A friend visits with a basket in each hand, her twin sons. She feeds them, changes them, carries them, and lays them down with perfunctory attention. She says, Sometimes I think, “It’s been seven months! Where in the world is their mother?”
—Sarah Manguso, 300 Arguments (Minneapolis: Graywolf Press, 2017)
I love this quote. It speaks eloquently to the strange slow shift in identity that comes with mothering, with fathering—the sense that this new life is not your own, but belongs to someone else. It’s distressing, disorienting. And that sense can lead to enormous self-doubt and self-criticism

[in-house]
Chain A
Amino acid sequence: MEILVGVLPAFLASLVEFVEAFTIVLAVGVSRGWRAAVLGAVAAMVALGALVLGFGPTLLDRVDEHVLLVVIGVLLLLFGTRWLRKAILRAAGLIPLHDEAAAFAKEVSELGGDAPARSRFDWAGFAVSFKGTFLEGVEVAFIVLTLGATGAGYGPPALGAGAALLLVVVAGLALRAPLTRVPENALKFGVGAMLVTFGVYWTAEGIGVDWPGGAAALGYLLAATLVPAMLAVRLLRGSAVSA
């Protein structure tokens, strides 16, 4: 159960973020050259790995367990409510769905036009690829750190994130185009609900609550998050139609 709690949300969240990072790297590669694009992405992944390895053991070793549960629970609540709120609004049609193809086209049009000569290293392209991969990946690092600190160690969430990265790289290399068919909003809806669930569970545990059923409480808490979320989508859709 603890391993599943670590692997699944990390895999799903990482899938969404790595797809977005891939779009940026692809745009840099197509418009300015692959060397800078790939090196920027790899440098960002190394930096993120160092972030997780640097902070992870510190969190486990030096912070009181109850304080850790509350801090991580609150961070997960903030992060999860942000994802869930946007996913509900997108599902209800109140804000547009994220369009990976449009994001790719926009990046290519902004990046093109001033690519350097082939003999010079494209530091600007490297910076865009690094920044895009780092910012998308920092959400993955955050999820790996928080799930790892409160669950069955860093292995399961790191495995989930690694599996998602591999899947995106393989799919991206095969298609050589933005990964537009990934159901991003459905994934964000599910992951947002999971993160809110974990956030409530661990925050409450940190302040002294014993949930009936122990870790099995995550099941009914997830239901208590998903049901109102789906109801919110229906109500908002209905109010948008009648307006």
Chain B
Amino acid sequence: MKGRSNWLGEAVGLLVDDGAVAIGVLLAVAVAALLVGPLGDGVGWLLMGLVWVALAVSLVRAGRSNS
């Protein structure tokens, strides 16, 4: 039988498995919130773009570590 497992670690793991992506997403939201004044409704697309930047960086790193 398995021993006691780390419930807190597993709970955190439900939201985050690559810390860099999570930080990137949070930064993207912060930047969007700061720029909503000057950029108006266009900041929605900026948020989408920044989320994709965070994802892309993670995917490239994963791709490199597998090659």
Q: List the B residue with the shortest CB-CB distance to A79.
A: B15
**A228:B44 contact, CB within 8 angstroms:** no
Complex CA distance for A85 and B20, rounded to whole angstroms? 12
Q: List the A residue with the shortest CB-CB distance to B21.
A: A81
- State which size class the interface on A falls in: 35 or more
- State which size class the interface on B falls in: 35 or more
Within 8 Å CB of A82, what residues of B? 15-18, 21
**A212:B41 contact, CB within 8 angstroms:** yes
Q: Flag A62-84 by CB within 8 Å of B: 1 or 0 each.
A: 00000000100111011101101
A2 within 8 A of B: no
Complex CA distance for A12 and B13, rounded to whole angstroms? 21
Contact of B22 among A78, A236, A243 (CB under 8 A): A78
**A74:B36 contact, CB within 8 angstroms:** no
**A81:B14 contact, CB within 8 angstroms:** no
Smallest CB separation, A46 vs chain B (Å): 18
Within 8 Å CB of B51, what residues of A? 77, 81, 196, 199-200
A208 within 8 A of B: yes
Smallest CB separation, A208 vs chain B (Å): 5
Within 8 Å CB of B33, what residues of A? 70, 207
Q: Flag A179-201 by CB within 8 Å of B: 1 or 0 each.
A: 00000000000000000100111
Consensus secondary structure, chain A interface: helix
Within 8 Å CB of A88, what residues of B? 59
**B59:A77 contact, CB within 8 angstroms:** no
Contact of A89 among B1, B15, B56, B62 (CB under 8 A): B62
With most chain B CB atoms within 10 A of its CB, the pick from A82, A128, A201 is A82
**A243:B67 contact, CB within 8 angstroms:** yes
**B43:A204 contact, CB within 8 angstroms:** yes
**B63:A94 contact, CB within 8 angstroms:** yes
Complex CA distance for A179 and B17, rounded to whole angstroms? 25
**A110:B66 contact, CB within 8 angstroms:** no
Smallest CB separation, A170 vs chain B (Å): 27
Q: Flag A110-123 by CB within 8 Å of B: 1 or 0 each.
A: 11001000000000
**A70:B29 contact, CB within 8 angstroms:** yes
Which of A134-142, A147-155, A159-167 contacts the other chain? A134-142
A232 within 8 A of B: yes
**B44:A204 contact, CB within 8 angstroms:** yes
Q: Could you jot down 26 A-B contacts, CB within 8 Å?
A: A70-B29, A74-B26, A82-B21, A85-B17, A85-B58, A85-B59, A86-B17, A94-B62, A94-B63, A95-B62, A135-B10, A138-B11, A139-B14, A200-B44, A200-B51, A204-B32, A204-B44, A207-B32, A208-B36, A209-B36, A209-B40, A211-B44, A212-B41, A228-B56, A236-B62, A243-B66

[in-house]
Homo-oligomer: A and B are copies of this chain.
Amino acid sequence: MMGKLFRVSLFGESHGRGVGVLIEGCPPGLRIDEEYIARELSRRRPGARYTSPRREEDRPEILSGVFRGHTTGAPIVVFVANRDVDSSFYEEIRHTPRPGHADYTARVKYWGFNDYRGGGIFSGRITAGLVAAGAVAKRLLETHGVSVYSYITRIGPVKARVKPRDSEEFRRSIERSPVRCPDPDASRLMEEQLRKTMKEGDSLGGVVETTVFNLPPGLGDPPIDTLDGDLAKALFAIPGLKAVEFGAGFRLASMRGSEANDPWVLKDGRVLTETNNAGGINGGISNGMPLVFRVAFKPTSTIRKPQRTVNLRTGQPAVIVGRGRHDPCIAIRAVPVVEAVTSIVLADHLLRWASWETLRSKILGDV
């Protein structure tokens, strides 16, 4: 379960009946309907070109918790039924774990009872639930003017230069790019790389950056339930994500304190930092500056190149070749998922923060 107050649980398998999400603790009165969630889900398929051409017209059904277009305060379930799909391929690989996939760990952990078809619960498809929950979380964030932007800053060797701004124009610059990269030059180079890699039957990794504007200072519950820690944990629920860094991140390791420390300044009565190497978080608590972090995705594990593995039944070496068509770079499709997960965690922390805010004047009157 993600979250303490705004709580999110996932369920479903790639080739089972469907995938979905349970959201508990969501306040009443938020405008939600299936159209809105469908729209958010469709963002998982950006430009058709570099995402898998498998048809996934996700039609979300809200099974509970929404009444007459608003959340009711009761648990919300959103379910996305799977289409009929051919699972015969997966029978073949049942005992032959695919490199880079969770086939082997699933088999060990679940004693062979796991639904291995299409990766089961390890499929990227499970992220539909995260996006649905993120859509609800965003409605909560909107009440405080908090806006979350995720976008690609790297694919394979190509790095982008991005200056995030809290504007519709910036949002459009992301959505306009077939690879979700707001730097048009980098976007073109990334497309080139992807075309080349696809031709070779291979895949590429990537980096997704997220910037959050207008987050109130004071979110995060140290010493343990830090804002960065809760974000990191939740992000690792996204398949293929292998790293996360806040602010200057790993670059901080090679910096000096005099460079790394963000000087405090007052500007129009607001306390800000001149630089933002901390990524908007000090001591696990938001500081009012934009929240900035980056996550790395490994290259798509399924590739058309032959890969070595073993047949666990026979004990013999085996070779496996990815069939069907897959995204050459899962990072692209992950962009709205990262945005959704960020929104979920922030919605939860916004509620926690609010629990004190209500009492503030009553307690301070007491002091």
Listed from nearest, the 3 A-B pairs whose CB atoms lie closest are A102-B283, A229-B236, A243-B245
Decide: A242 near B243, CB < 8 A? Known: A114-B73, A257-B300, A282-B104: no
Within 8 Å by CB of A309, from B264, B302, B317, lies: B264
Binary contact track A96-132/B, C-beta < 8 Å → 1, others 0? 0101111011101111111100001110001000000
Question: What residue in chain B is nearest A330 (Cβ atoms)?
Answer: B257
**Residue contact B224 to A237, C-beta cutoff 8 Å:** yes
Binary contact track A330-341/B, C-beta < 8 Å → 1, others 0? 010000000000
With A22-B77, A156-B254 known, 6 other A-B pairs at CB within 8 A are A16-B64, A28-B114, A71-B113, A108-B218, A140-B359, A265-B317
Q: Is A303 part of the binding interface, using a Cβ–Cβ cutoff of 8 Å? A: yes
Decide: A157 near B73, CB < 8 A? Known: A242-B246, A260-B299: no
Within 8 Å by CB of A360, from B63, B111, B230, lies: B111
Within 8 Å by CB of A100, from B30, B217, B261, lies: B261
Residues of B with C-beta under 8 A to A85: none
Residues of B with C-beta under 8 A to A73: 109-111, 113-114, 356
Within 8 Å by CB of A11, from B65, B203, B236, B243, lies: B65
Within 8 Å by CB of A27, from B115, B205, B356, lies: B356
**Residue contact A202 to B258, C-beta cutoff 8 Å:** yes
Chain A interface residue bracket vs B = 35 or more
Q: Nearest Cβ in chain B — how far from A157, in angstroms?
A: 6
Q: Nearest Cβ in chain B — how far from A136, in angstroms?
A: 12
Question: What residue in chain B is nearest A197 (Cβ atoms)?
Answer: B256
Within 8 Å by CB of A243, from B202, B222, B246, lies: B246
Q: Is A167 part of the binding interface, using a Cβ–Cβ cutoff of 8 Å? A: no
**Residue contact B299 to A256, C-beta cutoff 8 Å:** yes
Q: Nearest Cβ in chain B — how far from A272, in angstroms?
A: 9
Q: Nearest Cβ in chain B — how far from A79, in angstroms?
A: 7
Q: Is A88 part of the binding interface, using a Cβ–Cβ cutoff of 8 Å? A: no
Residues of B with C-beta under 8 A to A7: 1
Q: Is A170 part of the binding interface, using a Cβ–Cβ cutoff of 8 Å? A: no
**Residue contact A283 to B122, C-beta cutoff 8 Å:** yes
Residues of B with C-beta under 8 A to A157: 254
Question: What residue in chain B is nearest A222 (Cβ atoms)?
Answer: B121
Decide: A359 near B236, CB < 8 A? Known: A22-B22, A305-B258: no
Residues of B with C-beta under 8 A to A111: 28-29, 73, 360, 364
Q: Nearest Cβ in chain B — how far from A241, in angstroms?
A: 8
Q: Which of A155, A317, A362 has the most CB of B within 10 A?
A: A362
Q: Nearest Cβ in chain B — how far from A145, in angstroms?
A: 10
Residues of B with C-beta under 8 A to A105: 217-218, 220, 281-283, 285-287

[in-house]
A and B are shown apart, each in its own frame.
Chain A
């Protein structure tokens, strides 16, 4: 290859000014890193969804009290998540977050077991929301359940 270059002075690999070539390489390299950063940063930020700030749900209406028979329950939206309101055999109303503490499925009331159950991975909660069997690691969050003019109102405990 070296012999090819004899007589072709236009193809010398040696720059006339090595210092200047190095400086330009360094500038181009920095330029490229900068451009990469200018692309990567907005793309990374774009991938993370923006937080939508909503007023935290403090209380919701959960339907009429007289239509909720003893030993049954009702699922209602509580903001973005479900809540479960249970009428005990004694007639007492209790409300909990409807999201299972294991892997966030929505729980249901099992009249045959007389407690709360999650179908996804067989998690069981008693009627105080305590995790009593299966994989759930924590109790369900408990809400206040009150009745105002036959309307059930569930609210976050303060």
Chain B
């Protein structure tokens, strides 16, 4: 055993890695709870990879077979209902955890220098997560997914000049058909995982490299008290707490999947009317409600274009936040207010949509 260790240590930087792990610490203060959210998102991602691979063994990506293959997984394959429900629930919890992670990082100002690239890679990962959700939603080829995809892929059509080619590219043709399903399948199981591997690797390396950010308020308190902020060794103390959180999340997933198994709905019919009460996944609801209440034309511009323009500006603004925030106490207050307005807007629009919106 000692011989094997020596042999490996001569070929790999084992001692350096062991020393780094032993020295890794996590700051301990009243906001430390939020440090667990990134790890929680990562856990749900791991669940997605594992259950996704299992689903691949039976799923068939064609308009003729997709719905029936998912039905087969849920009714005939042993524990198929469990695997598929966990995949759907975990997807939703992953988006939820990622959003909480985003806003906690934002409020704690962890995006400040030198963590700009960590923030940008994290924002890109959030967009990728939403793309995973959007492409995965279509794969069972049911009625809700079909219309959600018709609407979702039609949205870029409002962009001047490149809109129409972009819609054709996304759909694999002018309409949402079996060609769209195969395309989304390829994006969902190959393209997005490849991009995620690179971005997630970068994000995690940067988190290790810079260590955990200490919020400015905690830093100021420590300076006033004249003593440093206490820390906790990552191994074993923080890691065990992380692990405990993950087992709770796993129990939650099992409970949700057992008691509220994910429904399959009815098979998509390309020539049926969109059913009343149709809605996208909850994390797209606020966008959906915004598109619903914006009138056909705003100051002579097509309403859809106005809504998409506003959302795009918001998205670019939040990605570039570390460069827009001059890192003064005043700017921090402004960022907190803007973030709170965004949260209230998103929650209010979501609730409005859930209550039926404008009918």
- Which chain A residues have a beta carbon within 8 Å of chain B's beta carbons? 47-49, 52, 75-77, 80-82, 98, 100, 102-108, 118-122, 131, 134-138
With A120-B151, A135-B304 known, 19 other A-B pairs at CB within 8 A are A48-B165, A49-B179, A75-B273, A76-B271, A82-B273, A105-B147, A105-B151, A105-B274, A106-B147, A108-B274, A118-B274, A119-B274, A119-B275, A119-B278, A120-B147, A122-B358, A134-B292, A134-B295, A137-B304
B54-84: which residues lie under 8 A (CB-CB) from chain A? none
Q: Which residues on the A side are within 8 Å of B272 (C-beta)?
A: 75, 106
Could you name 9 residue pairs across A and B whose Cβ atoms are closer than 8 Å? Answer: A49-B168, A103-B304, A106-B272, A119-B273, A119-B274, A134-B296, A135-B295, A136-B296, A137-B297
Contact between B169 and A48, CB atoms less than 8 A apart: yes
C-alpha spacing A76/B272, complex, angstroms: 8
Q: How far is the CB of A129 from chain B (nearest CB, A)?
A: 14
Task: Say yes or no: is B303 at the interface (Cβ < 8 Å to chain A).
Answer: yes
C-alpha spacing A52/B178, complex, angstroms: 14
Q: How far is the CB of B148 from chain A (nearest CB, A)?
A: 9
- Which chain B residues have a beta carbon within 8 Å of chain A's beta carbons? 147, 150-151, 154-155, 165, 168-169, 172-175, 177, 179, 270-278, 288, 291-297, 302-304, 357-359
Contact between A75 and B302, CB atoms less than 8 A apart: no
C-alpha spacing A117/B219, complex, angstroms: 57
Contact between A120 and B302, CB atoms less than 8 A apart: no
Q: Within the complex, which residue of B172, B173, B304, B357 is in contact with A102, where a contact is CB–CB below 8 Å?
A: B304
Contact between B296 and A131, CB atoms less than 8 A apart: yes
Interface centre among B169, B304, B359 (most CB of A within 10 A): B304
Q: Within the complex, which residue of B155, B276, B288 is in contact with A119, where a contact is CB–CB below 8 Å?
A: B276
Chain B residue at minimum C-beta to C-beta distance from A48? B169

And so I’m relieved to know that at last this disorientation is finally being taken seriously—that is to say, that it is being investigated by people who are not sleep-deprived, confused about who they are becoming, too interrupted to make sense of the experience and to hold onto the sense that they make of it. This piece on matrescence--the process of becoming a mother--by Alexandra Sacks, prior to the publication of her book this fall, is part of that exploration.